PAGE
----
Ralph Stoesser
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### Re: Detail evaluation within quiescence search

I think it's always more precise too look at all aspects of the position after a capture move. After all you have to decide which capture sequence the best one. If you have f.i. two pawn captures for the side to move, one them leads to a pawn weakness like a double pawn, the other pawn capture does not, you want to know it, no?

Ralph Stoesser
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### Re: Detail evaluation within quiescence search

Even in case the swing from detail evaluation would be very small, you still want to know it. If you have 2 equal captures, one of them leading to slightly better mobility score, you still want to know about the difference and propagate the best you can estimate back to earlier nodes.

SMIRF
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### Re: Detail evaluation within quiescence search

As you say: for most capture exchanges that will hold, but not compared to all the also possible but ignored silent moves.

Probably that problem could not be solved to a cheap but precise solution ...

cdani
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### Re: Detail evaluation within quiescence search

When the modern engines are near quiescence, they start doing a lot of things to save work. Reducing more, pruning more, even cluelessly (but statistically safe)... In fact we can say that they start quiescence a lot before entering the function that has this name.

And once in quiescence, they use all the possible tricks to return the sooner possible.

So they are really never very exact on their conclusions. The engines just try to clean the field to have an approximate idea.

Ralph Stoesser
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### Re: Detail evaluation within quiescence search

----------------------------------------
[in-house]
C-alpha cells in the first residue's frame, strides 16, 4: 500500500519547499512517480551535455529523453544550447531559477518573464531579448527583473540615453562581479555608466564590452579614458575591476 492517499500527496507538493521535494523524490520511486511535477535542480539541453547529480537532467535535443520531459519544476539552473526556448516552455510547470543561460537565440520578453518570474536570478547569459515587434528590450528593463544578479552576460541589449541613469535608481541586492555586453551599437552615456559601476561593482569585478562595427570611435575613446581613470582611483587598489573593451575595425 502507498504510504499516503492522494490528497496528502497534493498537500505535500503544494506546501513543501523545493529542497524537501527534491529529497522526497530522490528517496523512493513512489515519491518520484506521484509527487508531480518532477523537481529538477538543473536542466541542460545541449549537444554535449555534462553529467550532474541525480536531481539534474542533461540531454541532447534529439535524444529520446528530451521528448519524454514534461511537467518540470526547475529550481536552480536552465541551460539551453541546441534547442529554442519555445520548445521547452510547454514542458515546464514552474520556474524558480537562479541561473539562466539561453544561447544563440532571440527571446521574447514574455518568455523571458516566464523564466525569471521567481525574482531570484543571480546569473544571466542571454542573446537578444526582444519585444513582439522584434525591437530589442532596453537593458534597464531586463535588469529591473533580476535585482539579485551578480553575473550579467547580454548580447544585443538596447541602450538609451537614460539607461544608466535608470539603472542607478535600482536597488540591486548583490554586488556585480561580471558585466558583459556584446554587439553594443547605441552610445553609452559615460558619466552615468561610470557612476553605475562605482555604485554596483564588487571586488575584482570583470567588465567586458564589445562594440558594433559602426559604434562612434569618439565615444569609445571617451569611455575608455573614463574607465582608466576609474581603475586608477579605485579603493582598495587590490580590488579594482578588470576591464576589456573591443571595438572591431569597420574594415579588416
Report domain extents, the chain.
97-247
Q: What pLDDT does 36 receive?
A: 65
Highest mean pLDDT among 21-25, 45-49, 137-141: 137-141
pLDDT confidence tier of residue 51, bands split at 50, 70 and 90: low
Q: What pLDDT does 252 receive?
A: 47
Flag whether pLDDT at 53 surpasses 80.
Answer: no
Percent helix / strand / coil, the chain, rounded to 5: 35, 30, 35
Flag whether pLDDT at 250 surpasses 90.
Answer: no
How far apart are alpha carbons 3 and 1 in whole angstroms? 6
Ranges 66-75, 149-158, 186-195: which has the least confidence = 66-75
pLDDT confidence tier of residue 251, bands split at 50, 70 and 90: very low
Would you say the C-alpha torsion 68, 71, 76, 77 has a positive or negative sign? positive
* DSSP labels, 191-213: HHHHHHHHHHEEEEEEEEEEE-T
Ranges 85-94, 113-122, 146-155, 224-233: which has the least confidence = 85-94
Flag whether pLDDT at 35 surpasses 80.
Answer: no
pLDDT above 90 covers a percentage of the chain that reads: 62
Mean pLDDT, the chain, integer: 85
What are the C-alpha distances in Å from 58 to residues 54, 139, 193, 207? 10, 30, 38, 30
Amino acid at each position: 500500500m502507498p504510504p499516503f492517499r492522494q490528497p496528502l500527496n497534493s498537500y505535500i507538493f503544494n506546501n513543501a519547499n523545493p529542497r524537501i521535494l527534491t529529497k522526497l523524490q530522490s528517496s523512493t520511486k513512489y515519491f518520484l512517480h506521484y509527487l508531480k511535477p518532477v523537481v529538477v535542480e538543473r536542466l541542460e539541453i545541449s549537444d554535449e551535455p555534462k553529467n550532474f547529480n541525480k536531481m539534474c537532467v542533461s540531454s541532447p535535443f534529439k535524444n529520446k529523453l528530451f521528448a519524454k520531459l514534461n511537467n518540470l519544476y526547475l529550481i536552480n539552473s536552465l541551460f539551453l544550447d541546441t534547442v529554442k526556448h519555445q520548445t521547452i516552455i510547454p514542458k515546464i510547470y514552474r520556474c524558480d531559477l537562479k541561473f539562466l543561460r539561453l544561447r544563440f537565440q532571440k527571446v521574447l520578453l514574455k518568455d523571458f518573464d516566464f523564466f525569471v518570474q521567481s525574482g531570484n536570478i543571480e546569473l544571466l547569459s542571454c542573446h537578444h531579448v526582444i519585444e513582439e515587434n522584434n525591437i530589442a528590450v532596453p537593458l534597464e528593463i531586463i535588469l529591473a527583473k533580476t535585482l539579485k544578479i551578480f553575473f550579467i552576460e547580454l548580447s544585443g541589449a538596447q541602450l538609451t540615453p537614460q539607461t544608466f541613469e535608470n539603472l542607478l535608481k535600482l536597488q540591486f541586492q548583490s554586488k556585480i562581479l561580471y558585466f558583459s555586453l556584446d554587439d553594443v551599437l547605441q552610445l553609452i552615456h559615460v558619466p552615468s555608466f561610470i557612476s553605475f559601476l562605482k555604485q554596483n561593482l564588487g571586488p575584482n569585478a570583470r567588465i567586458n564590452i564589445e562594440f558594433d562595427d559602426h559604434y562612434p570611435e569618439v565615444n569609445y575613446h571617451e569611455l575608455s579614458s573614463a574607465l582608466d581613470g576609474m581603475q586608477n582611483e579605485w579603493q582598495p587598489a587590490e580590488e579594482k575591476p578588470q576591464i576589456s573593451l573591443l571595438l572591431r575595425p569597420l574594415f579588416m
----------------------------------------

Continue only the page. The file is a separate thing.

We don't compare with silent moves in qsearch. This is not precise but it's the idea of qsearch to only quickly resolve the most tactical issues. There is a tradedown between speed and accuracy as so often in chess programming. Qsearch is not precise by design.

If I understood right, you want to try to save the detail eval score at the root node of qsearch, then minimax through qsearch nodes using material comparison only until all the captures are resolved and finally propagate the score back to the root of qsearch and merge it with the saved detail value. If this is what you want to try, then I just say that this is always more inaccurate than to use a complete evaluation everywere in qsearch. Besides it is much easier to code the standard way. The only question would be if the speed gain from doing this would outweight the newly introduced inaccuracy. I think no, and to be honest, I'm sure enough that I would not even try it.

PK
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### Re: Detail evaluation within quiescence search

I think You should really use detailed eval in quiescence search. The problem was known in the early days of chess programming. Suppose that Your engine gives some bonus for a rook on the seventh rank at the root of the quiescence search and that engine's advantage depends only on this single factor. The opponent, however, can play RxR. In this situation it is crucial that quiescence search knows that it can recapture RxR (good) rather than NxR (bad).